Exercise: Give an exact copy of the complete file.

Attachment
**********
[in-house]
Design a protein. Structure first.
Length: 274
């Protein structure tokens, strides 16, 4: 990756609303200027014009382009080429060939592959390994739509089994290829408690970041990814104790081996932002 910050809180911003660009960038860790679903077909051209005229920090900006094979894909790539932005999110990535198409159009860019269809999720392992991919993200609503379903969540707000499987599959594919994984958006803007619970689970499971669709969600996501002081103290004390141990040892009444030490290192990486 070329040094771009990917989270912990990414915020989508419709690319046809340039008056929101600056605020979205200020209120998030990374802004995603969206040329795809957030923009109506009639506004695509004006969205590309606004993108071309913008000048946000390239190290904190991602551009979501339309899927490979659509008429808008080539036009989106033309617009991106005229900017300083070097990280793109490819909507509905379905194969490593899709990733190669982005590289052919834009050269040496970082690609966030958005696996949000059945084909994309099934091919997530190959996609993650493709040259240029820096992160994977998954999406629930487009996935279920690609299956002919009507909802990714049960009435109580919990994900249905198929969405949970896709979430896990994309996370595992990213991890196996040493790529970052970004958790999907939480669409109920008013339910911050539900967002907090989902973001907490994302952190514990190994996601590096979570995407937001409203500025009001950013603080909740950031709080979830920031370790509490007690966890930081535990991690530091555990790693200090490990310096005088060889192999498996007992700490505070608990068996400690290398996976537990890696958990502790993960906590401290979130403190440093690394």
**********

[in-house]
Design a protein. Structure first.
Length: 274
């Protein structure tokens, strides 16, 4: 990756609303200027014009382009080429060939592959390994739509089994290829408690970041990814104790081996932002 910050809180911003660009960038860790679903077909051209005229920090900006094979894909790539932005999110990535198409159009860019269809999720392992991919993200609503379903969540707000499987599959594919994984958006803007619970689970499971669709969600996501002081103290004390141990040892009444030490290192990486 070329040094771009990917989270912990990414915020989508419709690319046809340039008056929101600056605020979205200020209120998030990374802004995603969206040329795809957030923009109506009639506004695509004006969205590309606004993108071309913008000048946000390239190290904190991602551009979501339309899927490979659509008429808008080539036009989106033309617009991106005229900017300083070097990280793109490819909507509905379905194969490593899709990733190669982005590289052919834009050269040496970082690609966030958005696996949000059945084909994309099934091919997530190959996609993650493709040259240029820096992160994977998954999406629930487009996935279920690609299956002919009507909802990714049960009435109580919990994900249905198929969405949970896709979430896990994309996370595992990213991890196996040493790529970052970004958790999907939480669409109920008013339910911050539900967002907090989902973001907490994302952190514990190994996601590096979570995407937001409203500025009001950013603080909740950031709080979830920031370790509490007690966890930081535990991690530091555990790693200090490990310096005088060889192999498996007992700490505070608990068996400690290398996976537990890696958990502790993960906590401290979130403190440093690394």